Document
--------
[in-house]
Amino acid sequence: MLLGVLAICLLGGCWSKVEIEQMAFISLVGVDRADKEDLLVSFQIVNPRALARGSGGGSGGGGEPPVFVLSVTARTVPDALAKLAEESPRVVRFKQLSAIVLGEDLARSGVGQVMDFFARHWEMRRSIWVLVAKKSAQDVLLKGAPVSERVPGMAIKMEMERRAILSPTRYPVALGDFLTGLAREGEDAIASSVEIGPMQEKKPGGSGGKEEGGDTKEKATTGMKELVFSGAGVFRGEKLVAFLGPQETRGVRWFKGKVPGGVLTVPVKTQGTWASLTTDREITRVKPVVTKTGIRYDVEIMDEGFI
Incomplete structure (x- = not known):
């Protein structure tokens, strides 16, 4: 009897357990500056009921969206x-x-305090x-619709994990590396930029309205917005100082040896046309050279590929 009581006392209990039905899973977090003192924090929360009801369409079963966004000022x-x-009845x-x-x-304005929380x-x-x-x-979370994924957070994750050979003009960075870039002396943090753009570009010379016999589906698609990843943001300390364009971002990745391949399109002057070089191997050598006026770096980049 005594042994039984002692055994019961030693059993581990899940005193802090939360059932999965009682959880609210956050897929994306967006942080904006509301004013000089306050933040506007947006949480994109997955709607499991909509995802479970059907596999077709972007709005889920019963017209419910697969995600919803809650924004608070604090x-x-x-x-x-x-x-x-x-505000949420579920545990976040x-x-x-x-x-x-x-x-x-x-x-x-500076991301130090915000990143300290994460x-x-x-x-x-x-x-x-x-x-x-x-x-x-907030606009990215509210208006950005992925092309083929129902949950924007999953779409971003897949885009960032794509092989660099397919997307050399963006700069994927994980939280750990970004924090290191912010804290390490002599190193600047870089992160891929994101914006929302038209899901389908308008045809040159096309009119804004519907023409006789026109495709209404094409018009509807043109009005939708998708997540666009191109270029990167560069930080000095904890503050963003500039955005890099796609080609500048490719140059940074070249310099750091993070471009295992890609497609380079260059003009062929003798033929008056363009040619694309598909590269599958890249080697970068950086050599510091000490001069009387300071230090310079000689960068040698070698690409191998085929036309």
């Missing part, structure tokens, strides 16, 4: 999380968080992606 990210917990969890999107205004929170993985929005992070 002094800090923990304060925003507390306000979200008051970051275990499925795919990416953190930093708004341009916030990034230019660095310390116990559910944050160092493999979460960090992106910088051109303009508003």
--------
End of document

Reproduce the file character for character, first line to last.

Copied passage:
[in-house]
Amino acid sequence: MLLGVLAICLLGGCWSKVEIEQMAFISLVGVDRADKEDLLVSFQIVNPRALARGSGGGSGGGGEPPVFVLSVTARTVPDALAKLAEESPRVVRFKQLSAIVLGEDLARSGVGQVMDFFARHWEMRRSIWVLVAKKSAQDVLLKGAPVSERVPGMAIKMEMERRAILSPTRYPVALGDFLTGLAREGEDAIASSVEIGPMQEKKPGGSGGKEEGGDTKEKATTGMKELVFSGAGVFRGEKLVAFLGPQETRGVRWFKGKVPGGVLTVPVKTQGTWASLTTDREITRVKPVVTKTGIRYDVEIMDEGFI
Incomplete structure (x- = not known):
């Protein structure tokens, strides 16, 4: 009897357990500056009921969206x-x-305090x-619709994990590396930029309205917005100082040896046309050279590929 009581006392209990039905899973977090003192924090929360009801369409079963966004000022x-x-009845x-x-x-304005929380x-x-x-x-979370994924957070994750050979003009960075870039002396943090753009570009010379016999589906698609990843943001300390364009971002990745391949399109002057070089191997050598006026770096980049 005594042994039984002692055994019961030693059993581990899940005193802090939360059932999965009682959880609210956050897929994306967006942080904006509301004013000089306050933040506007947006949480994109997955709607499991909509995802479970059907596999077709972007709005889920019963017209419910697969995600919803809650924004608070604090x-x-x-x-x-x-x-x-x-505000949420579920545990976040x-x-x-x-x-x-x-x-x-x-x-x-500076991301130090915000990143300290994460x-x-x-x-x-x-x-x-x-x-x-x-x-x-907030606009990215509210208006950005992925092309083929129902949950924007999953779409971003897949885009960032794509092989660099397919997307050399963006700069994927994980939280750990970004924090290191912010804290390490002599190193600047870089992160891929994101914006929302038209899901389908308008045809040159096309009119804004519907023409006789026109495709209404094409018009509807043109009005939708998708997540666009191109270029990167560069930080000095904890503050963003500039955005890099796609080609500048490719140059940074070249310099750091993070471009295992890609497609380079260059003009062929003798033929008056363009040619694309598909590269599958890249080697970068950086050599510091000490001069009387300071230090310079000689960068040698070698690409191998085929036309």
């Missing part, structure tokens, strides 16, 4: 999380968080992606 990210917990969890999107205004929170993985929005992070 002094800090923990304060925003507390306000979200008051970051275990499925795919990416953190930093708004341009916030990034230019660095310390116990559910944050160092493999979460960090992106910088051109303009508003």